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A Brief History of Marlon James


Marlon James MA ’06 and Wilkes graduate creative writing program faculty member Kaylie Jones met to discuss his success since coming to Wilkes from Jamaica. PHOTOS BY EARL AND SEDOR PHOTOGRAPHIC

Wilkes Creative Writing Professor Kaylie Jones Talks with the Man Booker Prize Winner

By Kaylie Jones

When Marlon James MA ’06’s novel A Brief History of Seven Killings was selected in October 2015 as the Man Booker Prize winner, it catapulted the Wilkes creative writing alumnus to literary stardom. As the first Jamaican to win the international prize, James now is in the company of such notable authors as Salman Rushdie, Hillary Mantel, Philip Roth and Alice Munro.

James’ prize-winning novel is an epic 686 pages with 75 characters and voices. Set in Kingston, Jamaica, where James was born, the book is a fictional history of the attempted murder of reggae artist Bob Marley in 1976.

In this conversation with novelist Kaylie Jones, the Wilkes creative writing faculty member who discovered him and brought him to study at the University, James, who teaches at Macalester College in Saint Paul, Minn., discusses the biases in publishing, his writing process and handling rejection. Continue reading

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Emergency Maestra


Vilma Schifano Milmoe ’76 plays a key role in education and training for the Federal Emergency Management Administration, working at the Emergency Management Institute at the National Emergency Training Center in Emmitsburg, Md. PHOTO BY STEPHEN BARRETT

Vilma Schifano Milmoe ’76 Found Inspiration at Wilkes For Public Service Career

 by Helen Kaiser

Ask Vilma Schifano Milmoe ’76 what inspired her to seek a career in public service and emergency management and she traces it to events in June 1972.

It was the summer before she was to join her two older sisters, Josephine Schifano Finlayson ’73 and Ann Schifano Nista ’74, at Wilkes College. A native of nearby Pittston, she was excited to be an incoming freshman majoring in political science.

The forces of nature intruded, in the form of Tropical Storm Agnes, giving the young woman a real-world education about disaster management and recovery before she even entered a classroom. Described then as the nation’s worst natural disaster, more than a hundred people were killed and at least 387,000 people were evacuated. Wilkes-Barre was the hardest-hit community in Pennsylvania.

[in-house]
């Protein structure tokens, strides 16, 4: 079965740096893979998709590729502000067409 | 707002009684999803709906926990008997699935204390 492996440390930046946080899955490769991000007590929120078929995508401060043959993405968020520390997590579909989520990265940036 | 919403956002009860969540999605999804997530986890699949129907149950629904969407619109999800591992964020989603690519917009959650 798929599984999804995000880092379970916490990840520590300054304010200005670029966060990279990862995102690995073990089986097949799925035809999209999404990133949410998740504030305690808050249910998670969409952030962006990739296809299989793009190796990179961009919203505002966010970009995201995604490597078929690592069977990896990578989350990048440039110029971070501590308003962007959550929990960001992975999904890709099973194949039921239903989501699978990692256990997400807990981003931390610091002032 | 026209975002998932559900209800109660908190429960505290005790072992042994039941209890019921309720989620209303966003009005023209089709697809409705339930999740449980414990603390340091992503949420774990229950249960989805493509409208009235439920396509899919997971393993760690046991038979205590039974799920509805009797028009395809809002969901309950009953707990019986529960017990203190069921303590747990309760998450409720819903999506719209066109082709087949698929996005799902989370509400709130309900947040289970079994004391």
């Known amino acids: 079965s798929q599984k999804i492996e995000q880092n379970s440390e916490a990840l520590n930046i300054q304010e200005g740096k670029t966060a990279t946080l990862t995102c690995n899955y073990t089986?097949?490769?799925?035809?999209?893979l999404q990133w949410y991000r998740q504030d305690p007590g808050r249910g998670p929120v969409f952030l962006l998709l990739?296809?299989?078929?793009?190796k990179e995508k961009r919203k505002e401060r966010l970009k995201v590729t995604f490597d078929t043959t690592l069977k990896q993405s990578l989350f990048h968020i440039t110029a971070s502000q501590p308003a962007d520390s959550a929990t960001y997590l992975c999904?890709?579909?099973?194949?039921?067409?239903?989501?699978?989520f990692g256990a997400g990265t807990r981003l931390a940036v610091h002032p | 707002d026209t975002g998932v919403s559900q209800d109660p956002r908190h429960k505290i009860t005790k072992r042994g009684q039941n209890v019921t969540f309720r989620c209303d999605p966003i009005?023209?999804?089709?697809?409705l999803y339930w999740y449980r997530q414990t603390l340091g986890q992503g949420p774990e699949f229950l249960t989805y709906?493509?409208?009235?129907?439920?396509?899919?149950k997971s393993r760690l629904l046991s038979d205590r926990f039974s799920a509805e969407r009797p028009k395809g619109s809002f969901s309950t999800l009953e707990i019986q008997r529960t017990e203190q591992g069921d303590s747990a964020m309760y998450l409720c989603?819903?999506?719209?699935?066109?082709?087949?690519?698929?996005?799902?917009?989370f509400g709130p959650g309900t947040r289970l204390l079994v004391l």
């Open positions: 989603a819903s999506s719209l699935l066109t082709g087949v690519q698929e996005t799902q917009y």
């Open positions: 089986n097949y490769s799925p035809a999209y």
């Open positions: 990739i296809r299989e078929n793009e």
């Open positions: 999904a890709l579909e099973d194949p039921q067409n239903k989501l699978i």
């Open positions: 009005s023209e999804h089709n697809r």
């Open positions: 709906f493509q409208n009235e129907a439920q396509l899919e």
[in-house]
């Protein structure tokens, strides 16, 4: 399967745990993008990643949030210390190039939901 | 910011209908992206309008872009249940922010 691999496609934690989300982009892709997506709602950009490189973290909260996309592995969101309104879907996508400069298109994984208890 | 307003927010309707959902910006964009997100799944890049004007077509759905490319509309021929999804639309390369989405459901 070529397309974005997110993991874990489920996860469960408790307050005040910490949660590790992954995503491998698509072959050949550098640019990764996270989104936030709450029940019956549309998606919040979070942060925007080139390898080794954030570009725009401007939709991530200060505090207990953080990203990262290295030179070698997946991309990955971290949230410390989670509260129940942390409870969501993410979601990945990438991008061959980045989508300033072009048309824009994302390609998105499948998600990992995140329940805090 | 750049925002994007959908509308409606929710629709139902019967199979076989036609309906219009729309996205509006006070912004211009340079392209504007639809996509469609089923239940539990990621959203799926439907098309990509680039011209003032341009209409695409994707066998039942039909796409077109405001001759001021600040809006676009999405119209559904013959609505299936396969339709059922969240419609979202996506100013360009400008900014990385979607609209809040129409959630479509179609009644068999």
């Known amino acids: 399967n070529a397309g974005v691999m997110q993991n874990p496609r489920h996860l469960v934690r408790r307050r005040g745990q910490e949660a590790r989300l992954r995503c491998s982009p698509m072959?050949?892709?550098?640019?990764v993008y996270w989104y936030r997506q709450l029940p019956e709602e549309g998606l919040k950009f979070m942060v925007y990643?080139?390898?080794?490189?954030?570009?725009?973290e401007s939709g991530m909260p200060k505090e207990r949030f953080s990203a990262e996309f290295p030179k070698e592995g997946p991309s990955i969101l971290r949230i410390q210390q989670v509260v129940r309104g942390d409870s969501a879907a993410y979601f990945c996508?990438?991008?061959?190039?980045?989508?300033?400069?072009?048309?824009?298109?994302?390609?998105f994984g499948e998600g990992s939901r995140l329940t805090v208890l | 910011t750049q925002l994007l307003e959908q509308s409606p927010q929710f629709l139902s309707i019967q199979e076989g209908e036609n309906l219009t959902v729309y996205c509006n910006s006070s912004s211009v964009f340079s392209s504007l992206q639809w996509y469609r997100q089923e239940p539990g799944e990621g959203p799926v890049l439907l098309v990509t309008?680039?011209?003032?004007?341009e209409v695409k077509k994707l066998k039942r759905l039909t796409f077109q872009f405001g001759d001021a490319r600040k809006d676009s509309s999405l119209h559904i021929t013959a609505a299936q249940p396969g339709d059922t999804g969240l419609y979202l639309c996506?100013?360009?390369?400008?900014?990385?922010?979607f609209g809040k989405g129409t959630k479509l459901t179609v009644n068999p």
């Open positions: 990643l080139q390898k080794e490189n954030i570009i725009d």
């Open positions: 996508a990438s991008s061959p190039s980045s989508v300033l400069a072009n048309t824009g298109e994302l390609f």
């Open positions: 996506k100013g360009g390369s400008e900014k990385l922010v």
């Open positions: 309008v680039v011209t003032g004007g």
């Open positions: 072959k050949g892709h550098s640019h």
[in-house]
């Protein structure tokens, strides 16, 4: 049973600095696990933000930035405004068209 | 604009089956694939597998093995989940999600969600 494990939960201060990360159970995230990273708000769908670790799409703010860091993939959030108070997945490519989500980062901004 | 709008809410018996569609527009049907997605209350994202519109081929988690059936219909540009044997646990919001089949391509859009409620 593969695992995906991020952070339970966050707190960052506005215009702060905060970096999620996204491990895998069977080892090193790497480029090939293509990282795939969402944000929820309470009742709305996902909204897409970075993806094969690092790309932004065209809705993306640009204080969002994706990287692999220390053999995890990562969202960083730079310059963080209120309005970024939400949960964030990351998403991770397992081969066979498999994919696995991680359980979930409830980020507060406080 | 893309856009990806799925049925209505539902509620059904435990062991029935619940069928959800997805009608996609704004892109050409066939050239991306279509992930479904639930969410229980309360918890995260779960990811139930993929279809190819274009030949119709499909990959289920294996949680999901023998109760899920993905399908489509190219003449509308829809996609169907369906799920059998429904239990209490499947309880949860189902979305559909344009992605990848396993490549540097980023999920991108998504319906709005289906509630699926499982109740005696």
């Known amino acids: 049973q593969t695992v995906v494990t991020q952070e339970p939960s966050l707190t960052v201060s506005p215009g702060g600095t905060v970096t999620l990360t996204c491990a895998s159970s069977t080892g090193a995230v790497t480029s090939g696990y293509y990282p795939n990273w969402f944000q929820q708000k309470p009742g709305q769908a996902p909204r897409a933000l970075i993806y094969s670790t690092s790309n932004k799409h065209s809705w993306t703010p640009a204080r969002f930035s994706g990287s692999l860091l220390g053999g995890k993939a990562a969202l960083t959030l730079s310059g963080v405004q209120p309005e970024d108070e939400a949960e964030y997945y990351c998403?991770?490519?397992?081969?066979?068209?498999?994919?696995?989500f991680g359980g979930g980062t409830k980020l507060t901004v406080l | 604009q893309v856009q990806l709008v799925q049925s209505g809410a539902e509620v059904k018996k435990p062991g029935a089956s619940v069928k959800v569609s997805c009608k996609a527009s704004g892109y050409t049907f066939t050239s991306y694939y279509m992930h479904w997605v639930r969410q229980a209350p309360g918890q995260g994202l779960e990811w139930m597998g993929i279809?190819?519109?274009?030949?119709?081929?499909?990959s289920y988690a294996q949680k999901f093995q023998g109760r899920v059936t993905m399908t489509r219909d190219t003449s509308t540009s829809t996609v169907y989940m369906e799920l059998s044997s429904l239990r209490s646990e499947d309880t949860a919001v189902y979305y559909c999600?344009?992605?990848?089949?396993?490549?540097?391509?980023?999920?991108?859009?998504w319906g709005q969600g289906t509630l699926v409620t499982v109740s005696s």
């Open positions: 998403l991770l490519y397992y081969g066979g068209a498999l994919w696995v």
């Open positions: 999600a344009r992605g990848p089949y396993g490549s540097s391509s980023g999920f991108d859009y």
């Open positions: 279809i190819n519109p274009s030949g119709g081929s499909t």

“It was traumatic,” Milmoe recalls. “My father’s restaurant was destroyed by water which had risen eight feet over the roof.” Continue reading

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Environmental Protector

Greg Turner ’94 Champions Bats and Other Endangered Species

By Krista Weidner


Turner shows off his favorite bat species-the Virginia big-eared bat-in the Hellhole Cave in West Virginia. The cave houses 50 percent of the known species population. PHOTO BY: CARL BUTCHKOSKI, PENNSYLVANIA GAME COMMISSION

Greg Turner ’94, a wildlife biologist for the Pennsylvania Game Commission, isn’t easy to track down. If he’s not monitoring the state’s population of rare small mammals such as water shrews or spotted skunks, he might be rappelling down a cliff to band peregrine falcons or into a cave to count and identify hibernating bats.

As leader of the endangered nongame mammal section of the Pennsylvania Game Commission’s Bureau of Wildlife Management, Turner’s primary focus is to survey, monitor, and manage Pennsylvania’s protected mammals. “That includes everything you don’t trap and shoot—chipmunks, squirrels, wood rats, shrews, bats,” he says. “Yeah, I’m the bats and rats guy. It’s a good place to be: Of the world’s 5,000-some species, a third are rodents and a quarter are bats. That’s where all the diversity is. Only so many people can specialize in lions and tigers.”

Within the past several years, Turner, who lives in State College, Pa., has come to be known as one of the nation’s foremost authorities on white-nose syndrome—a fungal disease that has destroyed large segments of the bat population in the Northeast and has spread to the central United States. In Pennsylvania, the bat population has suffered a 99 percent decline, with the once-common little brown bat declining 99.9 percent. Continue reading